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Installing Turn Signals

Hi, my name's anthony and I'm looking to buy turning signals for my electronic scooter, but I don't know how to go about it. My scooter doesn't have one already, so I'm not just replacing parts but installing the entire thing. I was hoping for a little direction: can you tell me what I'll be needing to make this attachment complete? A simple google search hasn't been a lot of help. tks

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Hahaha, Why is it that you always see the mistakes after showing what you think is your finished product.... LOL LOL... Can't believe I missed that.... Instead of uploading a new photo I will just point out the following:

In my diagram please note that the " LIGHT BLUE " Wire will indeed be fully connected. I now see I forgot to reconnect the wire, before saving the image, when I did some erasing to the previous diagram.

So for all intents and purposes just ignore the small gap you see that makes the wire incomplete and pretend it is a complete wire. LOL

 

I figured that the small gap between the light blue wire was not intended.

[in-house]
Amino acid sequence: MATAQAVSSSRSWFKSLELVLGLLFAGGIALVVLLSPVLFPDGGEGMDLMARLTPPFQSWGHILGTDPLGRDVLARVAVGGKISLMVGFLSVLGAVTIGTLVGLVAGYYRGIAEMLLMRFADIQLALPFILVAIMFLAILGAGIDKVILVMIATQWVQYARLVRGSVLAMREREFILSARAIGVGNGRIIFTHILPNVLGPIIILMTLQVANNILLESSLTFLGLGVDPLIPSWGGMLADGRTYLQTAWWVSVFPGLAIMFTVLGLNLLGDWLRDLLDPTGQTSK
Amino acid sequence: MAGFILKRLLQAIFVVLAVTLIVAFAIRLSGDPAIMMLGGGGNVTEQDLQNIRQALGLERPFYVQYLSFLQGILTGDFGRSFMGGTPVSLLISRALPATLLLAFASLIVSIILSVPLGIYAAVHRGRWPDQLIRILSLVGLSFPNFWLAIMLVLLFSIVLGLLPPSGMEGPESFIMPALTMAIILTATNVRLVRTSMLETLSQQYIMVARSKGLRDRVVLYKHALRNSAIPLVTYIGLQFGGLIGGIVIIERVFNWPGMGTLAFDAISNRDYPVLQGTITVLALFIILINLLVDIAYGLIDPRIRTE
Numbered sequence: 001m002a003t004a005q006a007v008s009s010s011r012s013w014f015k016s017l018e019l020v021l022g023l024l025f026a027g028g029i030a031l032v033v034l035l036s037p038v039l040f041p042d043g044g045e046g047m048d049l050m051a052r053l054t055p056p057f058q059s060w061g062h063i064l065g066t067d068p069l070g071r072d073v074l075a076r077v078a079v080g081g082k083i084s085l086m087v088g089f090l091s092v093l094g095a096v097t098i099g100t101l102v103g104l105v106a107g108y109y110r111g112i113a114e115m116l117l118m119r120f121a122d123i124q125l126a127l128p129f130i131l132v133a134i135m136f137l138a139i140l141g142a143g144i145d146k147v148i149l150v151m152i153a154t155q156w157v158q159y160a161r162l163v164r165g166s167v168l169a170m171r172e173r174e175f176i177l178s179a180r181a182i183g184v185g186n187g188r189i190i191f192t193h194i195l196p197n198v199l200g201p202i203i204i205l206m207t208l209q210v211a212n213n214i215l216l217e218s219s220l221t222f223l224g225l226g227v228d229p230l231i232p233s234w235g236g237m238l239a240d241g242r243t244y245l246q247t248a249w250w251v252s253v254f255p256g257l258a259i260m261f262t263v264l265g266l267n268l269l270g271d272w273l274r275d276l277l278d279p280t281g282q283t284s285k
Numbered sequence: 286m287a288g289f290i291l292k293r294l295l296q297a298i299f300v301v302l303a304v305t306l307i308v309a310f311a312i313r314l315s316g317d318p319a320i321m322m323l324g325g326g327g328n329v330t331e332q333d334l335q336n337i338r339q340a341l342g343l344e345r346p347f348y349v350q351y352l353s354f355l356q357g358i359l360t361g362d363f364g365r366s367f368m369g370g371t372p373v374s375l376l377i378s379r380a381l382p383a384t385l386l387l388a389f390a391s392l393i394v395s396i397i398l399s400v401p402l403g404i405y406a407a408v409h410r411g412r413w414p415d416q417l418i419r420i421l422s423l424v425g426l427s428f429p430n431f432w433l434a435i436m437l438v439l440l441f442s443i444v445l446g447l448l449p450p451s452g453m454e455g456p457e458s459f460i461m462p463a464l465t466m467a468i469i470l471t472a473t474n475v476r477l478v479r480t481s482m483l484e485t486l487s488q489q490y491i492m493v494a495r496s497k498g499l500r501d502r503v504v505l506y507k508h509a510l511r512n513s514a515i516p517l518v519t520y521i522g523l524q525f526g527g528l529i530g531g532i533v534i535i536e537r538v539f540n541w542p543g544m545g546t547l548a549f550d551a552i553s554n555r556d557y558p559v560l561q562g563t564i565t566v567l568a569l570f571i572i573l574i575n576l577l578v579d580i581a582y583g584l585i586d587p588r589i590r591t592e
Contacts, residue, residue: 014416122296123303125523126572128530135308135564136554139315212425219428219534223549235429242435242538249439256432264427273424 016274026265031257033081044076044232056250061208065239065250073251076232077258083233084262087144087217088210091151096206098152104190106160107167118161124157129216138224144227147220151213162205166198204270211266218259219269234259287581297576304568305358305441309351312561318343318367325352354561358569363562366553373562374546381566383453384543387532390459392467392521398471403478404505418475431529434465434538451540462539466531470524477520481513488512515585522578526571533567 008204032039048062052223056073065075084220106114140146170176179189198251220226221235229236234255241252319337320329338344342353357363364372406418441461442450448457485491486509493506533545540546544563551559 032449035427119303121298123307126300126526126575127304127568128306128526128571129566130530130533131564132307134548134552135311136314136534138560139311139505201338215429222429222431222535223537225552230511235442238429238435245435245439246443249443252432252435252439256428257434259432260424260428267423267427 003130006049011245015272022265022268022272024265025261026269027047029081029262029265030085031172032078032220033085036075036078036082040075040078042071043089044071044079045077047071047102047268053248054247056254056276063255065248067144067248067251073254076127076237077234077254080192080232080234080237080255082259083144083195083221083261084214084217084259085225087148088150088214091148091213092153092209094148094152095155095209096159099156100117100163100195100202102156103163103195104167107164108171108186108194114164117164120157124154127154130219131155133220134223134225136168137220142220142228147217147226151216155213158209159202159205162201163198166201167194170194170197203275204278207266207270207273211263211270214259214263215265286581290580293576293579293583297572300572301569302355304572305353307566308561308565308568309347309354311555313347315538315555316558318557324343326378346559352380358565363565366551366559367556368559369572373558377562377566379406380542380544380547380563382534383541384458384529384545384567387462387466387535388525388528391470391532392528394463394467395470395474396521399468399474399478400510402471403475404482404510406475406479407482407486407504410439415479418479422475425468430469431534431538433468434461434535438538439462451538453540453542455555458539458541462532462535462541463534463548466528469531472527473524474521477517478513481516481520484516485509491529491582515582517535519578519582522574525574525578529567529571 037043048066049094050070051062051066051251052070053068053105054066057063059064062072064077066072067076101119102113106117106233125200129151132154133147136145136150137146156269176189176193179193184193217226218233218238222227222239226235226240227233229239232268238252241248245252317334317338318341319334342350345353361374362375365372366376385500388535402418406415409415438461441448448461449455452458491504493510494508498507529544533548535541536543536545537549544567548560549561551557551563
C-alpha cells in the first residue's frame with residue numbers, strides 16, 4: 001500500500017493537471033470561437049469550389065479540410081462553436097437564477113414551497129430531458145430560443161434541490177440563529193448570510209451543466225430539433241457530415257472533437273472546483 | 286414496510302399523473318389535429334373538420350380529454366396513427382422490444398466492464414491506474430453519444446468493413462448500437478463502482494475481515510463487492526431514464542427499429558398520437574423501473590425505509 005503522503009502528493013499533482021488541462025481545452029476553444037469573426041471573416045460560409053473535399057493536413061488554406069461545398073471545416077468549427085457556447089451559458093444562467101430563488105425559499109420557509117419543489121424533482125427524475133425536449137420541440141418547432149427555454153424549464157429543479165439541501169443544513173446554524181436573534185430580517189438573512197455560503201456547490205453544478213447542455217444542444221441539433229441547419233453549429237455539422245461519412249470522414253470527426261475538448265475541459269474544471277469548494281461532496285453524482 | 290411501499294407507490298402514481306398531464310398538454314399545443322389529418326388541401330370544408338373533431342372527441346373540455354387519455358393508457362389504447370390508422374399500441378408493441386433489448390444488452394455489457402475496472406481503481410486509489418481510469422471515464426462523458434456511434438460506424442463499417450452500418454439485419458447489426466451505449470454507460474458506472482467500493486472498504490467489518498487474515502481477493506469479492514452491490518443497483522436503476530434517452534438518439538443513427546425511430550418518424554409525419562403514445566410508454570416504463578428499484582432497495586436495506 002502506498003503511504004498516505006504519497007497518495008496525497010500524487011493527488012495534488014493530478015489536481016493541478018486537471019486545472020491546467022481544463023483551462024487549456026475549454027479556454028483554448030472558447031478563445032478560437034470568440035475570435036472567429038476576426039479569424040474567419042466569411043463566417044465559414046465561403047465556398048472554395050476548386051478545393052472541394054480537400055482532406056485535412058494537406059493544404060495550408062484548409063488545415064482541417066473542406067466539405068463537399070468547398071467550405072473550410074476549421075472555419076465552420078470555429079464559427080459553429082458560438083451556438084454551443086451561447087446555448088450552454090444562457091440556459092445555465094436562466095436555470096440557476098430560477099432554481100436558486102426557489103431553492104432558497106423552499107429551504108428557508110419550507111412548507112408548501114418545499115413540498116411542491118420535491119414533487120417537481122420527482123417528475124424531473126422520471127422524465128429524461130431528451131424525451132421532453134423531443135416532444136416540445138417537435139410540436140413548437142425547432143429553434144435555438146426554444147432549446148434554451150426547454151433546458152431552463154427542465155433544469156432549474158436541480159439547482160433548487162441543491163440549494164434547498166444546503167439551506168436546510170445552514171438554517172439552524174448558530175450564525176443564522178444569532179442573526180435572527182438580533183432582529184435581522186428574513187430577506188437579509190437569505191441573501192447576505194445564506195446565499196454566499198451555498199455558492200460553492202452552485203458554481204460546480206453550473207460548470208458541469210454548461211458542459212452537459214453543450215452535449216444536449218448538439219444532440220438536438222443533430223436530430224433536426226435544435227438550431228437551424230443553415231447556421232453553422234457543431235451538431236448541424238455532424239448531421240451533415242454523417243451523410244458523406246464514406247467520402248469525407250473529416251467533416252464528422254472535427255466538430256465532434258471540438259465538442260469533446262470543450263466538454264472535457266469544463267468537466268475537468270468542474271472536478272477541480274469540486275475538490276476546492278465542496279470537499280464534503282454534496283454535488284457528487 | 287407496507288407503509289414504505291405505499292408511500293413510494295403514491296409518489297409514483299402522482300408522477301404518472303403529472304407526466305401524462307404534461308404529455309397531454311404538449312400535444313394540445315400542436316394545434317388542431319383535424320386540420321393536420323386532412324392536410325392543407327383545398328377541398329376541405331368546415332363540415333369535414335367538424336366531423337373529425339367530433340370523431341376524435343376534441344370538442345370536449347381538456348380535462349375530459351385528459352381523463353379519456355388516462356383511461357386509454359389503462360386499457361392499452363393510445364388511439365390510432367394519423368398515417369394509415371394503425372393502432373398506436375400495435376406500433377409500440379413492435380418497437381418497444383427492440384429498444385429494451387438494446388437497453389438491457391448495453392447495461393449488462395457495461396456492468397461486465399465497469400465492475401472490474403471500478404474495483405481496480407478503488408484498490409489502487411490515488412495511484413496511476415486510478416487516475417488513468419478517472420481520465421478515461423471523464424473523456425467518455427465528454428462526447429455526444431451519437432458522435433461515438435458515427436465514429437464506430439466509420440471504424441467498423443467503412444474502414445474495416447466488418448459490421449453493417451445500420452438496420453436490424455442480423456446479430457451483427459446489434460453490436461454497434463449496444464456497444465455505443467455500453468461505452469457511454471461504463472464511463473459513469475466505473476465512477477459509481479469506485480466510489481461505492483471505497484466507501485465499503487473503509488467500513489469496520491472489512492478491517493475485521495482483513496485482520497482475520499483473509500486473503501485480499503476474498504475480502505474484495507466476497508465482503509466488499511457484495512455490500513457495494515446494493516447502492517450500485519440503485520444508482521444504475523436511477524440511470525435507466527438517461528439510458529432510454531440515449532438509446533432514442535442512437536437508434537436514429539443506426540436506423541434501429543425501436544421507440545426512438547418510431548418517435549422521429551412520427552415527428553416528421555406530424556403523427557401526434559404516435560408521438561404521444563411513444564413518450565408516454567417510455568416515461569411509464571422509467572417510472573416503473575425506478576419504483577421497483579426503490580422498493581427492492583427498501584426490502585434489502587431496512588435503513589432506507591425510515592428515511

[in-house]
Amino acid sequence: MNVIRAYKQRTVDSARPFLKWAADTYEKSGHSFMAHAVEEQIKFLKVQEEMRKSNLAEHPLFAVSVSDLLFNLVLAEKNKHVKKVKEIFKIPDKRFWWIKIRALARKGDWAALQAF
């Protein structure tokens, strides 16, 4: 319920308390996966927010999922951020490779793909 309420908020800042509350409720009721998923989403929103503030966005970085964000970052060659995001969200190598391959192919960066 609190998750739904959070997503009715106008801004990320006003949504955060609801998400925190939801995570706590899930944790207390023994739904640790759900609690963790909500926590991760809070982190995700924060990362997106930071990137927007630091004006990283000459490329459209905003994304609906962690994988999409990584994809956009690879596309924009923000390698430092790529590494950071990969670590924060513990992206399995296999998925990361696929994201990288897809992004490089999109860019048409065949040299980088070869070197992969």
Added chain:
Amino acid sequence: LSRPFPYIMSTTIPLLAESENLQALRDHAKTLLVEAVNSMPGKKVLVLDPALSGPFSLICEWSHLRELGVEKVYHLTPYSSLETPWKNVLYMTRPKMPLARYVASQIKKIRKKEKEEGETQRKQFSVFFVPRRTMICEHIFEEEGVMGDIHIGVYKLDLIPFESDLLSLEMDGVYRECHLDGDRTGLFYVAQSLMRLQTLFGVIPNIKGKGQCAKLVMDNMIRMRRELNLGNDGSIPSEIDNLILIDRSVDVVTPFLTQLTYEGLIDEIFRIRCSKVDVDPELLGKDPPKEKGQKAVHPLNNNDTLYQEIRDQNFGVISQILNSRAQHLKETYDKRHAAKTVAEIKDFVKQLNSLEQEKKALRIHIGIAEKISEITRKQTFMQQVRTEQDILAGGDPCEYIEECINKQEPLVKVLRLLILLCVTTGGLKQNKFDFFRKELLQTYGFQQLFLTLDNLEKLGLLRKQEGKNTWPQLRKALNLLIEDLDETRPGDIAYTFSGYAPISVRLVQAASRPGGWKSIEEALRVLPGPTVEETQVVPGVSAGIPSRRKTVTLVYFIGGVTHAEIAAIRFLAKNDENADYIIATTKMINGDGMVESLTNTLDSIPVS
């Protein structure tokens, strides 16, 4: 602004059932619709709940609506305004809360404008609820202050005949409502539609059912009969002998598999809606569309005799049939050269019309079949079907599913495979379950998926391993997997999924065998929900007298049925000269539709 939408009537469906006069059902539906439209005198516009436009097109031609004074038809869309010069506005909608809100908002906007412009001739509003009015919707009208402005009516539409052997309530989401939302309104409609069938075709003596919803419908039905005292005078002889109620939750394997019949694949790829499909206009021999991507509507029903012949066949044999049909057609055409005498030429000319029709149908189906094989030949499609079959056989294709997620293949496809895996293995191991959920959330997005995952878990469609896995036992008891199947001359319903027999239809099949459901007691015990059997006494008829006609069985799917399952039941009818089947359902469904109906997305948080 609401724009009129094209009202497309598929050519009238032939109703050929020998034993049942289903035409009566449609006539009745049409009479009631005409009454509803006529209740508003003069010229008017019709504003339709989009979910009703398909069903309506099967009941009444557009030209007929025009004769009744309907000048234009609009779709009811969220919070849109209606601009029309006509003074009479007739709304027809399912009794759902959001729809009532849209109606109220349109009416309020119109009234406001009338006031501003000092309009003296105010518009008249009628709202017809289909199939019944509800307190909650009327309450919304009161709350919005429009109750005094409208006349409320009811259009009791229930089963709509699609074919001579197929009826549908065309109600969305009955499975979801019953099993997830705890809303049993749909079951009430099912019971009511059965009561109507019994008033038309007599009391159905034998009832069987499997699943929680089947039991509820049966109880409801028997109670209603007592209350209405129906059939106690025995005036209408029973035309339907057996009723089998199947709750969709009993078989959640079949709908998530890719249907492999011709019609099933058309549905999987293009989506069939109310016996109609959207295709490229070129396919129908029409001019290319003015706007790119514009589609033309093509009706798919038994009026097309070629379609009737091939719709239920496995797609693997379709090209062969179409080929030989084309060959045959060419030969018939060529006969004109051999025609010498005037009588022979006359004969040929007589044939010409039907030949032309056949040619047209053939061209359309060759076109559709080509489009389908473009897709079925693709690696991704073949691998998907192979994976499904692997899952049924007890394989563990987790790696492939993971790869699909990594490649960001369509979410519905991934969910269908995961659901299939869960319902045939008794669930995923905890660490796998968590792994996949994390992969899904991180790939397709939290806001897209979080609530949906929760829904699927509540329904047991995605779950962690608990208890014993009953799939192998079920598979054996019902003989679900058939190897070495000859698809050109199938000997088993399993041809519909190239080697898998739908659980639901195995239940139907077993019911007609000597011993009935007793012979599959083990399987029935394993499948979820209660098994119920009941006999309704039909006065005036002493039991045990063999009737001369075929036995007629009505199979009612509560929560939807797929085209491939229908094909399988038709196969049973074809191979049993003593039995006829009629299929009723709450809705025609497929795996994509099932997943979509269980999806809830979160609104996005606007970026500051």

I had a good look over your latest wiring diagram and everything looks perfect to me. I have no further recommendations to make.

That is such great news about the diagram being completed now. All that is left now is to make a parts list that matches my diagram. I would like to order as much as possible from your store.

Also, please feel free to keep this diagram on record just in case anyone else can use it too.

 

I purchased the flasher relay from y'all and I wonder if mine is defective. When energized, the led lights flash full bright to half bright. The sound is simple to describe. Sounds like a backup alarm on commercial vehicles.

The flasher relays that we currently sell are designed for turn signals with incandescent bulbs, since these are the type of bulb that practically all electric scooters have. This reminds me to order some LED flasher relays and add them to our website though.


Installing a small 6 Ohm to 10 Ohm 1 Watt to 5 Watt resistor (or two 1/2 Watt, or four 1/4 Watt resistors) between the positive and negative wires going to the turn signal bulbs should solve the problem though. Only one resistor will be needed per set of front and rear bulbs. The resistor will trick the flasher into thinking that it is connected to incandescent bulbs.

Another solution would be of course to use a LED flasher relay instead of one made for incandescent bulbs. This might slightly lower the current draw when the turn signals were on, however since the turn signals are not on very often it should not make much of a difference.


I will order a box of LED flasher relays this week so if you want to simply replace the non LED flasher with an LED flasher please let me know and I will send you one when they arrive.


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